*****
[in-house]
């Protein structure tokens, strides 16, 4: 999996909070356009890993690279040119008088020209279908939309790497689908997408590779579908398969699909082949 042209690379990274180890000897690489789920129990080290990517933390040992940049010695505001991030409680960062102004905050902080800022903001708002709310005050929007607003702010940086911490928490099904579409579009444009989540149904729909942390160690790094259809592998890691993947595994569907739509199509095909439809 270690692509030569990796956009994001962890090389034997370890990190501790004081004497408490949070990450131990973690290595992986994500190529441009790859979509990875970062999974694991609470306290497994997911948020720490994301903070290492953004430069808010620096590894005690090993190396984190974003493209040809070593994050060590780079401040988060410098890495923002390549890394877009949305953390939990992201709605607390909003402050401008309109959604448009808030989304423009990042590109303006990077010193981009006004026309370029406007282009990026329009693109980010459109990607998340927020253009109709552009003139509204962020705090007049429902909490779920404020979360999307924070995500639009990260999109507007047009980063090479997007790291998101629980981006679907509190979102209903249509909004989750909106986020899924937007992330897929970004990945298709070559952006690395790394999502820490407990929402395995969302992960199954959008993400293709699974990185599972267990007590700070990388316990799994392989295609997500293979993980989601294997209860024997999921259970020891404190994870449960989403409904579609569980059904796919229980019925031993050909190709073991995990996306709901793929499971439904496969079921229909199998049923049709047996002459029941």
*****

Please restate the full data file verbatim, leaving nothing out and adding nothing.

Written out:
[in-house]
């Protein structure tokens, strides 16, 4: 999996909070356009890993690279040119008088020209279908939309790497689908997408590779579908398969699909082949 042209690379990274180890000897690489789920129990080290990517933390040992940049010695505001991030409680960062102004905050902080800022903001708002709310005050929007607003702010940086911490928490099904579409579009444009989540149904729909942390160690790094259809592998890691993947595994569907739509199509095909439809 270690692509030569990796956009994001962890090389034997370890990190501790004081004497408490949070990450131990973690290595992986994500190529441009790859979509990875970062999974694991609470306290497994997911948020720490994301903070290492953004430069808010620096590894005690090993190396984190974003493209040809070593994050060590780079401040988060410098890495923002390549890394877009949305953390939990992201709605607390909003402050401008309109959604448009808030989304423009990042590109303006990077010193981009006004026309370029406007282009990026329009693109980010459109990607998340927020253009109709552009003139509204962020705090007049429902909490779920404020979360999307924070995500639009990260999109507007047009980063090479997007790291998101629980981006679907509190979102209903249509909004989750909106986020899924937007992330897929970004990945298709070559952006690395790394999502820490407990929402395995969302992960199954959008993400293709699974990185599972267990007590700070990388316990799994392989295609997500293979993980989601294997209860024997999921259970020891404190994870449960989403409904579609569980059904796919229980019925031993050909190709073991995990996306709901793929499971439904496969079921229909199998049923049709047996002459029941």